Digital Silk Road

I followed recently a talk about European-Chinese economic collaboration and the state of BRI, which made me become aware of the Digital Silk Road.

I think that everybody knows about Belt and Road Initiative (BRI), Chinese program launched in 2013 in order to help developing countries implement, often for the first time in their history, large and important infrastructure and industrial projects. The ‘Belt’ is continental, going through Central Asia, where the main branch continues to Russia, Belarus and ends in Germany, and the smaller branch arrives in Turkey. The ‘Road’ is maritime, going through Indian Ocean, arriving in East Africa, continuing to Mediterranean Sea, where the main branch then goes to Greece and further through Serbia, Hungary joining the Belt in Eastern Europe, and other Mediterranean branches reach Italy and Portugal.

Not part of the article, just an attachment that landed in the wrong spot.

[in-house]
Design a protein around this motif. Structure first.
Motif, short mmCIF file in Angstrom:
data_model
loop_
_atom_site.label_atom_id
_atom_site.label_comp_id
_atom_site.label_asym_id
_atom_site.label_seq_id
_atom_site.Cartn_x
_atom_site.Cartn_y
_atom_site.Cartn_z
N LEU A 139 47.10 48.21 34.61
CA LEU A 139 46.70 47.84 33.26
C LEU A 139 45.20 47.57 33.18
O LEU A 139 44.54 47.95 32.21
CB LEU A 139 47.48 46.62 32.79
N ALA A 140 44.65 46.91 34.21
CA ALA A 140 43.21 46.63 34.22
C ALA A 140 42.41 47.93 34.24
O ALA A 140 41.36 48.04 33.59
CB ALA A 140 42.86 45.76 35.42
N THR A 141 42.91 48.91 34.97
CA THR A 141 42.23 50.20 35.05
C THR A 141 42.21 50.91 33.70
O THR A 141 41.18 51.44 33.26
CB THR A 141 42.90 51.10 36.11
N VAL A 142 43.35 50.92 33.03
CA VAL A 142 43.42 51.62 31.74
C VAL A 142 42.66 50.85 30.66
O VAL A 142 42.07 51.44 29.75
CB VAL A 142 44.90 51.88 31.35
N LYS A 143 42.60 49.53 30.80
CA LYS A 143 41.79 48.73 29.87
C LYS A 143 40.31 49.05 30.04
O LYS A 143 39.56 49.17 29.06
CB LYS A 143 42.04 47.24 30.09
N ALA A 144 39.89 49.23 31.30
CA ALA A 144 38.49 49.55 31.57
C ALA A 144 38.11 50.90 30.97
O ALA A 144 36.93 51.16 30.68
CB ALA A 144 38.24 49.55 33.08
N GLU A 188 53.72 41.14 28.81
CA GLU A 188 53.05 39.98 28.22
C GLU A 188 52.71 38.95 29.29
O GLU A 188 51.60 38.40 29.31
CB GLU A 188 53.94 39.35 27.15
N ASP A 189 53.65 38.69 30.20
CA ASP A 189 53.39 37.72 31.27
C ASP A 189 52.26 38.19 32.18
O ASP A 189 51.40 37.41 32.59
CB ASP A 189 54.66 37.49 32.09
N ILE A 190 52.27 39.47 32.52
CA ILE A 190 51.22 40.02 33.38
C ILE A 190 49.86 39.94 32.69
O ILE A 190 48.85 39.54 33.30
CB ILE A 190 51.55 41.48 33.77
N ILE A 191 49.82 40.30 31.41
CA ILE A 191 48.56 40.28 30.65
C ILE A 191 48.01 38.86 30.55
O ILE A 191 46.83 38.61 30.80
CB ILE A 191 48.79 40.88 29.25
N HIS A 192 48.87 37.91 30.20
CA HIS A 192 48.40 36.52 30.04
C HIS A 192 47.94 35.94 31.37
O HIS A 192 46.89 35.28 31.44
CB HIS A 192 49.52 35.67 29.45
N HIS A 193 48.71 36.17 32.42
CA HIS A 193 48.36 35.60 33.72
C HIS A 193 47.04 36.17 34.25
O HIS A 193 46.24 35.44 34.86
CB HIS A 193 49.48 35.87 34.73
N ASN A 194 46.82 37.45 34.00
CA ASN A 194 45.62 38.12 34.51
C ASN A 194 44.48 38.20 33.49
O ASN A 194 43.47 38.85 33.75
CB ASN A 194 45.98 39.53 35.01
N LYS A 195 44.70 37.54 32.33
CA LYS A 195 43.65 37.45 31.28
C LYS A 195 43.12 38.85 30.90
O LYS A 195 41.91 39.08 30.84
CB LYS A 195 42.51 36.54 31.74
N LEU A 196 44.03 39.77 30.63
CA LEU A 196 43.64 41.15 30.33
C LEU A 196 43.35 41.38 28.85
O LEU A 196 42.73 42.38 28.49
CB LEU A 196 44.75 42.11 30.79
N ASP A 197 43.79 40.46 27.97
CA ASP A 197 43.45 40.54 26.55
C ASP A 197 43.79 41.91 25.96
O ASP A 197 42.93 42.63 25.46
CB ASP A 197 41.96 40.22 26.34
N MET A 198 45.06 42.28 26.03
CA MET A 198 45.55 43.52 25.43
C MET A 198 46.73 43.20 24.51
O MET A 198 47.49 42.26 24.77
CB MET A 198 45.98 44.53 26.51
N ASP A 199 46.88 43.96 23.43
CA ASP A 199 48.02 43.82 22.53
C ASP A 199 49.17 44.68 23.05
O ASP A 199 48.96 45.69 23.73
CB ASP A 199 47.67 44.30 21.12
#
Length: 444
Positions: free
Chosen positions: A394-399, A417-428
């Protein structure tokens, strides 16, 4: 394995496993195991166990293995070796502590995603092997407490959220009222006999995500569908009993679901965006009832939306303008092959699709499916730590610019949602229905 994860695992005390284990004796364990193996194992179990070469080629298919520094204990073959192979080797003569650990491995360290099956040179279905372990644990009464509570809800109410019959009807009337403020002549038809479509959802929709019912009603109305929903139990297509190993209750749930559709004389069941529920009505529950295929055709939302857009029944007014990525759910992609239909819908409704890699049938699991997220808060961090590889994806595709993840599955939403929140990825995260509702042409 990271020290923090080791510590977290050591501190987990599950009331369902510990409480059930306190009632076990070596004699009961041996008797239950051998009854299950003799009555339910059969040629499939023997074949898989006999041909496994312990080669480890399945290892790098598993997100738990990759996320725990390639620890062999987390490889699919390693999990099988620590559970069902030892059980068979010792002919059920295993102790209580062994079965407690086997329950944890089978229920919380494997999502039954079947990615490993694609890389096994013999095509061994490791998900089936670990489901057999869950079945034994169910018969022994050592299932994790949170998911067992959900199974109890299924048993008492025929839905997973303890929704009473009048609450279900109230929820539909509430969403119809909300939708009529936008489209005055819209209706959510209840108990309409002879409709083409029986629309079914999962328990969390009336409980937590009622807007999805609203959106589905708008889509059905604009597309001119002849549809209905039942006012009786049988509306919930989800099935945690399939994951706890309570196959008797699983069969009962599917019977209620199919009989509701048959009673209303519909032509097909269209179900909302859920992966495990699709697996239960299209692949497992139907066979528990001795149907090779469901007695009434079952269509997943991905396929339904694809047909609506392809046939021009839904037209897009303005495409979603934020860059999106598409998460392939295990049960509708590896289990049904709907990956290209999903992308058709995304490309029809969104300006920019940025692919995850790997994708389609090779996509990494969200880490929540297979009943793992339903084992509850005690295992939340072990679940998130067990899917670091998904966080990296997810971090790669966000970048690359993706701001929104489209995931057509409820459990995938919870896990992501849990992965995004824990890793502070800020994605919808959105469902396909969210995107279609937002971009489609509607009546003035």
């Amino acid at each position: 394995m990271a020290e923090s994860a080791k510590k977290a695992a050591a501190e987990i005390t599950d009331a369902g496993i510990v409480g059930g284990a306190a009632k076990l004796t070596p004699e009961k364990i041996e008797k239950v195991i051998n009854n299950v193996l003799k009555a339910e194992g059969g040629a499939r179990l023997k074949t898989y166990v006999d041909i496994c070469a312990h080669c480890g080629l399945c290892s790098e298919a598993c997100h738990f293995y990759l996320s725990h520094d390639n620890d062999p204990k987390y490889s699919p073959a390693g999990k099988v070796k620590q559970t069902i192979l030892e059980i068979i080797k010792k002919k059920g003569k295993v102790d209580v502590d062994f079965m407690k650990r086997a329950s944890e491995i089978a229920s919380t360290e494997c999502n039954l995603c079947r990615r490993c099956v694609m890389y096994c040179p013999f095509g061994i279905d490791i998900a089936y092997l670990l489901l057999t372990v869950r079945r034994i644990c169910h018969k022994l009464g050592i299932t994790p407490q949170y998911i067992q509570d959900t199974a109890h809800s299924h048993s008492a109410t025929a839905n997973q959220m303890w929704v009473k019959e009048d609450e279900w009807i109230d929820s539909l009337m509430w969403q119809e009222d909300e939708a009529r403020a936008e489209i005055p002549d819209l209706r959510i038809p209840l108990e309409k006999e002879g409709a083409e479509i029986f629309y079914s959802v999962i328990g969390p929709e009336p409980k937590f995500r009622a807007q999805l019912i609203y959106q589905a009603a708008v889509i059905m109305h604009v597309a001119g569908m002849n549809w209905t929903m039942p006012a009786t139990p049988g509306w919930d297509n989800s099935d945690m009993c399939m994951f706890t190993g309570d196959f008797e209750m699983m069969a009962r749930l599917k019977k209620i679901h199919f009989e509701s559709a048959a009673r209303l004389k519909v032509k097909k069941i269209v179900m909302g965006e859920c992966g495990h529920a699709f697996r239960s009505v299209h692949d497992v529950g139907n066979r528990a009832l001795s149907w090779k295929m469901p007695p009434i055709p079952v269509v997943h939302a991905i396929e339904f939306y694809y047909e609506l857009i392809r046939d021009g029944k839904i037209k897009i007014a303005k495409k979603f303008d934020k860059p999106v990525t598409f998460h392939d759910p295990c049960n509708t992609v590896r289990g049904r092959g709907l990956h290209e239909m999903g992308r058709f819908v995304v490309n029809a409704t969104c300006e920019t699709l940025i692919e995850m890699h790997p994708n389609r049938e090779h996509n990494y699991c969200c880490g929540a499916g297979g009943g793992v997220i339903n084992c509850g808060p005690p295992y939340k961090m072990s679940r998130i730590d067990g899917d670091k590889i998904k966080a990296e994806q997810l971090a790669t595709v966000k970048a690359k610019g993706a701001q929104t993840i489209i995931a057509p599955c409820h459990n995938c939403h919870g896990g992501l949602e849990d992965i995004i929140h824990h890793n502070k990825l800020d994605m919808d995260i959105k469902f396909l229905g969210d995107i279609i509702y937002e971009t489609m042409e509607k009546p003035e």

If we want to review how BRI fits the current complicated situation in the world, we have to take into account the increasing importance of Southeast Asian region, in particular some critical points like Strait of Malacca. The US has recently taken various geopolitical initiatives to keep this zone under its control through AUKUS and QUAD. To preempt this, China has been investing huge efforts in building its naval power and seems to be more and more determined to return Taiwan under its control. But in addition to the buildup of military naval power, Belt and Road initiative is still equally important economic arm of the integral (land & sea) Chinese geopolitical strategy.